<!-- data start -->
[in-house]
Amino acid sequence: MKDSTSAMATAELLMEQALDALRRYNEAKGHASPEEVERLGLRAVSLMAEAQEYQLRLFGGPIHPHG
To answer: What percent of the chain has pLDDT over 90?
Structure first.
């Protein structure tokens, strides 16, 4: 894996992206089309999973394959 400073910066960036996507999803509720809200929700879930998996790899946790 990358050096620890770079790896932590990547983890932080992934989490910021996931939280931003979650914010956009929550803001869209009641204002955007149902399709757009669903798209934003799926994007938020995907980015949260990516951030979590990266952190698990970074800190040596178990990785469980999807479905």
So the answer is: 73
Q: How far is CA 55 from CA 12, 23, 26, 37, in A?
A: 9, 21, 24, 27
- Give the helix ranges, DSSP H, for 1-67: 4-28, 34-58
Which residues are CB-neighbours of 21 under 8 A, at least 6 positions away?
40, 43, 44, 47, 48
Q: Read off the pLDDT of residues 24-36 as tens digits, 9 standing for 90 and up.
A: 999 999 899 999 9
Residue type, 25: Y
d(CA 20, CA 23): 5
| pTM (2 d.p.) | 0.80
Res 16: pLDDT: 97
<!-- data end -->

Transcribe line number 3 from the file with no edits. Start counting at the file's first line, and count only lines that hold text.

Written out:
To answer: What percent of the chain has pLDDT over 90?